Former president Jacob Zuma. File picture: Rogan Ward/Reuters
Former president Jacob Zuma. File picture: Rogan Ward/Reuters

Another legal setback for Jacob Zuma as SCA dismisses appeal over state funding in corruption trial

By Sihle Mavuso Time of article published Apr 13, 2021

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Durban - The legal woes of former president Jacob Zuma have increased after he lost an appeal to set aside a North Gauteng High Court ruling that stripped him of state funding for his upcoming corruption trial that emanates from the arms deal of the late 1990s.

In a ruling sent out electronically to all parties involved on Tuesday morning, the Supreme Court of Appeal (SCA) ruled that Zuma should pay back the R15.3 million the state used on him to fight off his corruption trial, which returns to court in May.

“In the result, the appeal must fail and it is accordingly dismissed with costs, including those of two counsel, to be paid on the attorney and client scale,” ruled the judgment signed off by Judge VM Ponnan.

The legal battle over the funding started in early 2018 when the DA and later the EFF wanted President Cyril Ramaphosa to stop funding the Zuma trial, as they argued it was unlawful.

The funding was approved by the Thabo Mbeki government in 2006 on the advice that Zuma’s offences allegedly happened while he was in office and he was entitled to state assistance. However, the agreement sanctioned by the State Attorney was that if he lost, he would have to refund the state.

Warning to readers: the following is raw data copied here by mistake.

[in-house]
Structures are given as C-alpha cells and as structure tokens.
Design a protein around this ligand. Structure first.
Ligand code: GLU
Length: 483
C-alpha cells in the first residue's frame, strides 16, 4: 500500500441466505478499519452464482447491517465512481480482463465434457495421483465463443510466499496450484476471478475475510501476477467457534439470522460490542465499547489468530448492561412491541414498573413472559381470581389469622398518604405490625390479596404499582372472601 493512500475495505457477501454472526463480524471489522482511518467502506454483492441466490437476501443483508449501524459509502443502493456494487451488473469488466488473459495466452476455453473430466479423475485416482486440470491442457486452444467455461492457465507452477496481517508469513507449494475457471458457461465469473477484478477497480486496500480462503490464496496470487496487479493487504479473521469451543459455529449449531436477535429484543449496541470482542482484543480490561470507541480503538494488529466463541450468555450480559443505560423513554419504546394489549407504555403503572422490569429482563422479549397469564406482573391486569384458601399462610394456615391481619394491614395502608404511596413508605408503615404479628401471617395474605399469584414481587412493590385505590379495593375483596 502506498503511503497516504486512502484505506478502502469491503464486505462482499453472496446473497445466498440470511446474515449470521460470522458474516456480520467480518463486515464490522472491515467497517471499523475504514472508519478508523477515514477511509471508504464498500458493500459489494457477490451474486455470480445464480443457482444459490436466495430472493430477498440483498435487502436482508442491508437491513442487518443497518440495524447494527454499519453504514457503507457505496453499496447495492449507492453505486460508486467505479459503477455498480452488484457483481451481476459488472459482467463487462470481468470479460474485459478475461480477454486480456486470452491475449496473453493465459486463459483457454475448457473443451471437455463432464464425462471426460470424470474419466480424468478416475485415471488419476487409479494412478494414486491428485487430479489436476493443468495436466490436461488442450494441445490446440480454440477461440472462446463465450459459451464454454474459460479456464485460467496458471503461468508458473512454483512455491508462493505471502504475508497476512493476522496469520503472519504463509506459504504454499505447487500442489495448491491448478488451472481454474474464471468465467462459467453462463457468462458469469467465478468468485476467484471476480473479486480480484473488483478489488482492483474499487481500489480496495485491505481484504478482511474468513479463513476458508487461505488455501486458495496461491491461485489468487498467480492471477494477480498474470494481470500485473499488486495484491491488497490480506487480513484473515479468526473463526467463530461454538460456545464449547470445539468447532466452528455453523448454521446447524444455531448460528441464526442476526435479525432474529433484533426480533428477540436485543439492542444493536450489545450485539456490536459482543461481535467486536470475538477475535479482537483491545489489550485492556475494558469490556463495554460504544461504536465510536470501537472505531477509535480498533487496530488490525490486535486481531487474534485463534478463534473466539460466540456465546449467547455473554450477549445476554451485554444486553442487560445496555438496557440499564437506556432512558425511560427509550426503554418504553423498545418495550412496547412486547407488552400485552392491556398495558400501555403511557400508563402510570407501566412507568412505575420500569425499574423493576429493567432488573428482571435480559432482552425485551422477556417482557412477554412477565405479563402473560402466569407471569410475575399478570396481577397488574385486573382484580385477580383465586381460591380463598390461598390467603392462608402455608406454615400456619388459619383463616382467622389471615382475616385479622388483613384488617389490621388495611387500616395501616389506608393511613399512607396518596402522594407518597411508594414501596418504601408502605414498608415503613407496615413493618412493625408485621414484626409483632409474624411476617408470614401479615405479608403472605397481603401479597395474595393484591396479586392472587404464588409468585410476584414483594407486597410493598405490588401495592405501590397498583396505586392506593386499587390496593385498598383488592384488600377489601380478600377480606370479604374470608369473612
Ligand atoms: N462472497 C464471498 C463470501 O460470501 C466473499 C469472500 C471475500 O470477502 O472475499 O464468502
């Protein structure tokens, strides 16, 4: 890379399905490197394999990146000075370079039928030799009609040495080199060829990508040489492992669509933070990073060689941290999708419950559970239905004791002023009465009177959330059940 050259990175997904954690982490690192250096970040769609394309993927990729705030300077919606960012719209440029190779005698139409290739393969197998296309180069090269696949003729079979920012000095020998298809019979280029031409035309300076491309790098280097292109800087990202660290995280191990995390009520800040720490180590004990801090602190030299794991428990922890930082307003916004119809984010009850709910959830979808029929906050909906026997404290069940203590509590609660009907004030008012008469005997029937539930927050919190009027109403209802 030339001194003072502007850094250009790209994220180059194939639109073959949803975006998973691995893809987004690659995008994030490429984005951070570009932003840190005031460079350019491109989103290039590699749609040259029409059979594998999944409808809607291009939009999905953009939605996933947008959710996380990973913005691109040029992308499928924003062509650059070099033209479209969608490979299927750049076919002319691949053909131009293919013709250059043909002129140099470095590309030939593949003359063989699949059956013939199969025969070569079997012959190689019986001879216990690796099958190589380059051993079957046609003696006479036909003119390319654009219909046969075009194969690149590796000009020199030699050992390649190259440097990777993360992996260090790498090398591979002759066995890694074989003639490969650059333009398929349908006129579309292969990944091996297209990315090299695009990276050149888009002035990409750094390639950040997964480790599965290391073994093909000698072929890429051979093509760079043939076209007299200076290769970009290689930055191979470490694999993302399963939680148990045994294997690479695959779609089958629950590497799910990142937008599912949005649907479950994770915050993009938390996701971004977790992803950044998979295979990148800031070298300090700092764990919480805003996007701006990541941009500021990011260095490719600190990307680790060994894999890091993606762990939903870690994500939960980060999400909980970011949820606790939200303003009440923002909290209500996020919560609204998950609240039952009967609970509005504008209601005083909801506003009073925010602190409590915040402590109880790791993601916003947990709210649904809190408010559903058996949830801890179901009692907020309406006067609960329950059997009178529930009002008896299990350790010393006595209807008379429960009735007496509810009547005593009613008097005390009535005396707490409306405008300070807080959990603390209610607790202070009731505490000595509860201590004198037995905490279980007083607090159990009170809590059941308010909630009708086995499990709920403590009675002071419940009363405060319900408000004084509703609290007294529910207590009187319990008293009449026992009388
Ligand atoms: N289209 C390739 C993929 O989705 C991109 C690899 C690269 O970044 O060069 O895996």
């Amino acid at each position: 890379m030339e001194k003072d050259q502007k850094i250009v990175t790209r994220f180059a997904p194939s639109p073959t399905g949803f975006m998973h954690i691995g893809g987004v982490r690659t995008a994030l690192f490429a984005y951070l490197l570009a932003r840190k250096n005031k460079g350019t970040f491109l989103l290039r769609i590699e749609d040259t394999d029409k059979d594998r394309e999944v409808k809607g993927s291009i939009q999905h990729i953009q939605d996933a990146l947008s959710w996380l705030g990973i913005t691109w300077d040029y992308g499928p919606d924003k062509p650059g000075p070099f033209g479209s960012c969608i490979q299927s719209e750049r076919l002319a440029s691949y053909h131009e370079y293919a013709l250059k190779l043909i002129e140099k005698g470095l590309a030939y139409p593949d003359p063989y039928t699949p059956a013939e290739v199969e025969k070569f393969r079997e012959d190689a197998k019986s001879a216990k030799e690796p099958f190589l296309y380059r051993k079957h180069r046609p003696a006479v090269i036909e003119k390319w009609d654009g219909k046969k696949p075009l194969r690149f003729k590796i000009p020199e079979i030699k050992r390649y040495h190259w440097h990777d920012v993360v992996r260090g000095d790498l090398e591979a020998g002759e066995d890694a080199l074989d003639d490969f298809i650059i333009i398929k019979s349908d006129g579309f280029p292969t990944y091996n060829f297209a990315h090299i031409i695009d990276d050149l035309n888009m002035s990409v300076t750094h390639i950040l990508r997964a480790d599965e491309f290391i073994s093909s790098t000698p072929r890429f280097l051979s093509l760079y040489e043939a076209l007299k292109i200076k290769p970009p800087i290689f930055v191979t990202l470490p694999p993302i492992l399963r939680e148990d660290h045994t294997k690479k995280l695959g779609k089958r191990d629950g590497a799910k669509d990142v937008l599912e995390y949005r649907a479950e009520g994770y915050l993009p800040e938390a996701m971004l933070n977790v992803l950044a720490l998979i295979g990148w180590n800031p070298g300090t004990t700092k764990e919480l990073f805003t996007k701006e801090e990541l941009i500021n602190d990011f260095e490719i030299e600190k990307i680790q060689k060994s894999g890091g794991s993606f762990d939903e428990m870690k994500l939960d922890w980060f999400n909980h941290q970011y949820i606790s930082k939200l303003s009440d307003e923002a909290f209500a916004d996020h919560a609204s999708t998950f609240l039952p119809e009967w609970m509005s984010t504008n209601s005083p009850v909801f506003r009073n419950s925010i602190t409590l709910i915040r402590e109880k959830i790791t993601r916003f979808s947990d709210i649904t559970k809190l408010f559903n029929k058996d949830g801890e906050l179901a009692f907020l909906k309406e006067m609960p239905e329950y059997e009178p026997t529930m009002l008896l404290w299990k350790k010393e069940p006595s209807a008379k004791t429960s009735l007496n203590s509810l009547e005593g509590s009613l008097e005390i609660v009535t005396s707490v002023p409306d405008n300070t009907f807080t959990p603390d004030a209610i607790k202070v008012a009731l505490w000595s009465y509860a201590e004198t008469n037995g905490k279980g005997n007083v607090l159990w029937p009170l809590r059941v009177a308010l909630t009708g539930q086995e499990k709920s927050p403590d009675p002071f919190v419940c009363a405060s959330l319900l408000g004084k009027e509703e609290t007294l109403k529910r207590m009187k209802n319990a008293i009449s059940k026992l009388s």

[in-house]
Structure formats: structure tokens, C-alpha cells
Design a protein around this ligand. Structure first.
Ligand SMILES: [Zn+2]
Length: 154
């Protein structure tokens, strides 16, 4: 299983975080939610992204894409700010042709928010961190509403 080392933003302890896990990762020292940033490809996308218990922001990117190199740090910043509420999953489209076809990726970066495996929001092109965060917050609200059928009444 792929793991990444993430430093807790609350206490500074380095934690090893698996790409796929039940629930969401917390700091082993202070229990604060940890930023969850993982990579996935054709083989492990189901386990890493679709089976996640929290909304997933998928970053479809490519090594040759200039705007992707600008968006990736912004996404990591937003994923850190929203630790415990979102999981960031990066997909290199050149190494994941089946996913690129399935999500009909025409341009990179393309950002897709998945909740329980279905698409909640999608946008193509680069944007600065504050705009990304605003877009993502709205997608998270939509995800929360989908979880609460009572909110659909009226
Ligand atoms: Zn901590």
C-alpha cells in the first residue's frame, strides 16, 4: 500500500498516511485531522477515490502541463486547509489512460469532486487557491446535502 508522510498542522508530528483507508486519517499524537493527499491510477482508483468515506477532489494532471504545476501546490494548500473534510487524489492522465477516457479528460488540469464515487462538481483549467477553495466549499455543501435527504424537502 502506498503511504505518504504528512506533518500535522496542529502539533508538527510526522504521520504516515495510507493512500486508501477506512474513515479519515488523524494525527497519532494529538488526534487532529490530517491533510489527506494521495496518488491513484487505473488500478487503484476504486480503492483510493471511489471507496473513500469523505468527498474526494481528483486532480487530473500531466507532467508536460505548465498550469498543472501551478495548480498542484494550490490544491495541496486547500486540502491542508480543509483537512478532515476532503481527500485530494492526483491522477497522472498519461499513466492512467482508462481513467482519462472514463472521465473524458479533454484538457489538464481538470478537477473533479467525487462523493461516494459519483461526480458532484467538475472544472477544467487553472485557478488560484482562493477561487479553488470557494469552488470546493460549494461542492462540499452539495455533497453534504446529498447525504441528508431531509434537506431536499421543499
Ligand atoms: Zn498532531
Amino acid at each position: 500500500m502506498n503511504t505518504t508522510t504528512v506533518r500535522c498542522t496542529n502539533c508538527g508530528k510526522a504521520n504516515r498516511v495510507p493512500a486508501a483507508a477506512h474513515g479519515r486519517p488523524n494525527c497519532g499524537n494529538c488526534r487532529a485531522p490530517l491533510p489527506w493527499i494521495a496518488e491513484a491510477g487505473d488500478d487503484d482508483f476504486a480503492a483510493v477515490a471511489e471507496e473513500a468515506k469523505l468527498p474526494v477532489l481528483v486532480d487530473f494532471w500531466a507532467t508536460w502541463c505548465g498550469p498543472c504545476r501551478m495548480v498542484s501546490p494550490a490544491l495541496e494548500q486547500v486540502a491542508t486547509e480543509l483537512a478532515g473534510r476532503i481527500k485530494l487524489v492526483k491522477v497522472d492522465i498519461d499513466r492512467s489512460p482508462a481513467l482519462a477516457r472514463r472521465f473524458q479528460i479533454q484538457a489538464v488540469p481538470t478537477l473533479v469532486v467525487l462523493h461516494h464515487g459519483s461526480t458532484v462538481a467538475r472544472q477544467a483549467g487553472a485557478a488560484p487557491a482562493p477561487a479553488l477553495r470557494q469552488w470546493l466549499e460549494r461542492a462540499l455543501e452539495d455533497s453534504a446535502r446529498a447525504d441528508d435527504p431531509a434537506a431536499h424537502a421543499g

Handing down the judgment, the SCA sitting in Bloemfontein also hit Zuma with legal costs for using remarks that are deemed to be offensive against the court and its judges. Zuma claimed, without producing evidence, that the judges were biased against him.

“There is nothing on the record to sustain the inference that the presiding judges in this matter (or at a more generalised level in other matters involving Mr Zuma) were biased, or that they were not open-minded, impartial or fair. The allegations were made with a reckless disregard for the truth and persisted in during argument. They ought not to have been made at all. But, having been made, they ought, in response to the invitation from the EFF, to have been retracted.

“To have persisted in the unjustified criticism of not just the high court, but more generally, the judiciary is plainly deserving of censure. Little wonder then that the EFF submits that Mr Zuma should be penalised with a punitive costs order as a mark of this court’s displeasure and to vindicate the integrity of the high court and the judiciary. A submission, for the reasons given, with which I am in agreement,” reads part of the 28-page ruling.

It was not immediately clear whether Zuma would take the matter to the Constitutional Court or he would simply give up the fight, as he is on record saying he no longer trusts the country’s judiciary.

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Political Bureau

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